Removing the lower six diodes, ), and connecting the neutral source to the negative end of C21. can accomplish that.

An alternative that would be more reliable and possibly less expensive, will be to use a step down transformer with a 400 volt primary connected between phases, and a center tapped 24 volt secondary . Of course the transformer must be adequately insulated for that sort of application. Such a transformer, of adequate quality, may not be available in some areas.
If you are mentioning about input bulk capacitances C21, C22, C23, C25 which are 450V rated, they are connected in series to achieve 900VDC voltage rating with resistors in parallel to ensure that each capacitor in series charges to the same voltage (half the rectified DC voltage). If you are mentioning C24, the input DC voltage is linearly regulated down to 318VDC (ideally) before applying to it. Also, we have not had a single failure instance of these capacitors. The failing components are always those in the path of a common mode noise current. ie, .viper22a, pc817, tl431 and the microcontroller. Also at sites with external SPD (surge protection devices) installed, the devices are working reliably. So this must definitely be an EMI issue.
 

nsaspook

Joined Aug 27, 2009
12,795
If you are mentioning about input bulk capacitances C21, C22, C23, C25 which are 450V rated, they are connected in series to achieve 900VDC voltage rating with resistors in parallel to ensure that each capacitor in series charges to the same voltage (half the rectified DC voltage). If you are mentioning C24, the input DC voltage is linearly regulated down to 318VDC (ideally) before applying to it. Also, we have not had a single failure instance of these capacitors. The failing components are always those in the path of a common mode noise current. ie, .viper22a, pc817, tl431 and the microcontroller. Also at sites with external SPD (surge protection devices) installed, the devices are working reliably. So this must definitely be an EMI issue.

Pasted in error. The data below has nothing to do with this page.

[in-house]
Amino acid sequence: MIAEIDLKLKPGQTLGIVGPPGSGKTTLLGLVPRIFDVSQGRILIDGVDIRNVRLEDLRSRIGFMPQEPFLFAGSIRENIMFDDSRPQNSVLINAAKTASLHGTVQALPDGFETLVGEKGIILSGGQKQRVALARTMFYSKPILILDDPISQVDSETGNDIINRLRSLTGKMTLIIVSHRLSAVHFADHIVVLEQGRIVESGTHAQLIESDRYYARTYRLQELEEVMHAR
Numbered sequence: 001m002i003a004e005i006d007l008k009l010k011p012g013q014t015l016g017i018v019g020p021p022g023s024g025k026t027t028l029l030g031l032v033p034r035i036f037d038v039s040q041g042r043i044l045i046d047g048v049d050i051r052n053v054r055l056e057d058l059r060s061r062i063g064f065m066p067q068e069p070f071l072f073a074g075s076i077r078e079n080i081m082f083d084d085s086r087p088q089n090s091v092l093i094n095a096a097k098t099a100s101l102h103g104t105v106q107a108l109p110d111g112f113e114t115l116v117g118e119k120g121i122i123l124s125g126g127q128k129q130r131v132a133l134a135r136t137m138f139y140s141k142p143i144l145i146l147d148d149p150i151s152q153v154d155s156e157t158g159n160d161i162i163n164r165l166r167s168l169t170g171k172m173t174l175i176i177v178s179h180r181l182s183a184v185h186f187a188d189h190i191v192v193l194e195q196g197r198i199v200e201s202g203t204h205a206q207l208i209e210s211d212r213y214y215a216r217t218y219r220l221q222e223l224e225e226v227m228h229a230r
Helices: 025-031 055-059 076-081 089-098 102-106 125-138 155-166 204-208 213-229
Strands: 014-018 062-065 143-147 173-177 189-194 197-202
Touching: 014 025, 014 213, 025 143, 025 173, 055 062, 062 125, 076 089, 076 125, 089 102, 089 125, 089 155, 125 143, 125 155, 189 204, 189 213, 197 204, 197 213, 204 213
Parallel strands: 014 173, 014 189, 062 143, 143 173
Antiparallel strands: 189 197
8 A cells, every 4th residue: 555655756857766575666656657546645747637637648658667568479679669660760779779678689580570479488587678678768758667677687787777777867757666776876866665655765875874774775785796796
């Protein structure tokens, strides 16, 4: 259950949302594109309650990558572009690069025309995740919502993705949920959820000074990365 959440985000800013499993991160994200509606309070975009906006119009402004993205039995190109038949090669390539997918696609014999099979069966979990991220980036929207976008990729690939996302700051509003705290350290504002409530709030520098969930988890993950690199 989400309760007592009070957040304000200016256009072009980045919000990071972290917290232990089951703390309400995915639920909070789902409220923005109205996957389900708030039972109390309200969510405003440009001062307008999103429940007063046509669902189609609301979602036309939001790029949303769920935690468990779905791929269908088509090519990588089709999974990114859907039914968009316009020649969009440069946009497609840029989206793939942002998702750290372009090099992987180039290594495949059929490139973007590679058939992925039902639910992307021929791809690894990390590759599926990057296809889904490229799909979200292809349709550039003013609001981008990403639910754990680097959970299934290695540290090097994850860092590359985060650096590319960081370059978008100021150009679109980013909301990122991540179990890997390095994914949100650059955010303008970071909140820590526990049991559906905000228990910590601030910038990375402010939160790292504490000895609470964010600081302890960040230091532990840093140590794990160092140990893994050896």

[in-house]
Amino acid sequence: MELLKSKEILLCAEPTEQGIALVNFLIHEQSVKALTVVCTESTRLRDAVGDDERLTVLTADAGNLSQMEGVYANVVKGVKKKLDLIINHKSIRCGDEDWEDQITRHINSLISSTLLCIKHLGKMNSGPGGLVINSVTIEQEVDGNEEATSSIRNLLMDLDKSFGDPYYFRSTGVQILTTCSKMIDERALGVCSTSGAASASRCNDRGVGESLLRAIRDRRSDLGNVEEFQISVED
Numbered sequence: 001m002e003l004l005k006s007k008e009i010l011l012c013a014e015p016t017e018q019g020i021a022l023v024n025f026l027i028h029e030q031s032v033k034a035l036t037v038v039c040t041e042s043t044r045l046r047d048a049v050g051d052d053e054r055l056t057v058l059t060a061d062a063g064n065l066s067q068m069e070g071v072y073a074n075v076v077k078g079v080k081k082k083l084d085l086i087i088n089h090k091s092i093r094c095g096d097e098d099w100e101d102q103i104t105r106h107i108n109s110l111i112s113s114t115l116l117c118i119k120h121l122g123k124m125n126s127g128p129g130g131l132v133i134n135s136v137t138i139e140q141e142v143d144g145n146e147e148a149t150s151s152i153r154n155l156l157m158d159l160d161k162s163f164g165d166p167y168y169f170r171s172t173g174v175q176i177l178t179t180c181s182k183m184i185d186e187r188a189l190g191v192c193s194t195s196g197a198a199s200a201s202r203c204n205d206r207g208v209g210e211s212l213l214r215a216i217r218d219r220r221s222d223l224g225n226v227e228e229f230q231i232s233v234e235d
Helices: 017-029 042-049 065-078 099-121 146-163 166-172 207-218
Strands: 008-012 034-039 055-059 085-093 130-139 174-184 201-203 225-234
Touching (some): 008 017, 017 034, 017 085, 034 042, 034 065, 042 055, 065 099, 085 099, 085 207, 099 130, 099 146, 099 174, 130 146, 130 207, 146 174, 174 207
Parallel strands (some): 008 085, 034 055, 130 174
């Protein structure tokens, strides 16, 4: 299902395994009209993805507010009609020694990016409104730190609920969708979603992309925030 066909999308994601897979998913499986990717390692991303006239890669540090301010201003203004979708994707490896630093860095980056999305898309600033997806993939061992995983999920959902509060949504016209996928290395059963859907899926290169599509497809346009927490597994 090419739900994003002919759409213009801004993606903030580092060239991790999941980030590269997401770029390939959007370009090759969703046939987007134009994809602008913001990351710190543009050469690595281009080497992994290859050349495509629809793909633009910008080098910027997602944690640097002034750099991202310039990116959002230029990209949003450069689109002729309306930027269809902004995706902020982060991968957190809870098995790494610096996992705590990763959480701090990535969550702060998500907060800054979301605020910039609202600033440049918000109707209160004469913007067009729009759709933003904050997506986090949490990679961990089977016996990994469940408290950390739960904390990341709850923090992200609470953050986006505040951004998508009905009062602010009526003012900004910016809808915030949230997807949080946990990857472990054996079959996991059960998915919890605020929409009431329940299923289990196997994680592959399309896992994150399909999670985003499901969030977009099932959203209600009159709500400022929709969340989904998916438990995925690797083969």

The solution is easy then, good low impedance EARTH grounding and SPD to that ground to shunt the harmful energy away externally of your power supply.
 

Thread Starter

scaaj

Joined Nov 9, 2023
14
But that's not a long term solution. Just can't label "THIS DEVICE MUST BE PROTECTED WITH AN SPD FOR RELIABLE OPERATION" on the package!
 

Hymie

Joined Mar 30, 2018
1,272
Where the primary switching peak voltage significantly exceeds the normal rectified dc mains, you are likely to experience EMC compliance issues – with the fast switching high voltage acting as an rf transmitter.

Although limited to 750V with the TV diode clamp, you could consider adding a diode/resistor/capacitor snubber network connected between pins 1 & 3 of the transformer to reduce this voltage further (and importantly, increase the waveform rise-time) – see the typical arrangement of these snubber components in figures 1 - 3 in the link below.

https://audioxpress.com/article/repairing-switching-mode-power-supplies
 

Hymie

Joined Mar 30, 2018
1,272
Another observation of the circuit, capacitor C26 (2n2F, 2kV) is bridging the reinforced isolation barrier between primary and secondary circuits – this must be a Y1 rated safety capacitor meeting IEC 60384-14; the voltage rating of 2kV would suggest otherwise.
 

MisterBill2

Joined Jan 23, 2018
17,814
The solution is easy then, good low impedance EARTH grounding and SPD to that ground to shunt the harmful energy away externally of your power supply.
NO!! I was not mentioning those capacitors filing .I m describing the voltage cross the input to the switching regulator, which can be quite bit above the 400 volts stated. That voltage can easily exceed 450 volts if the input is 400 volts between phases.
What I suggested was changing the supply to lower voltage arrangement that used the neutral connection.
That is clearly stated in the second paragraph of post #13.
If byou do not understand a half wave rectifier perhaps someone else will explain it. That arrangement will require neutral connection.
 

nsaspook

Joined Aug 27, 2009
12,795
NO!! I was not mentioning those capacitors filing .I m describing the voltage cross the input to the switching regulator, which can be quite bit above the 400 volts stated. That voltage can easily exceed 450 volts if the input is 400 volts between phases.
What I suggested was changing the supply to lower voltage arrangement that used the neutral connection.
That is clearly stated in the second paragraph of post #13.
If byou do not understand a half wave rectifier perhaps someone else will explain it. That arrangement will require neutral connection.
I think you quoted the wrong text. My response to the OP was not about capacitors.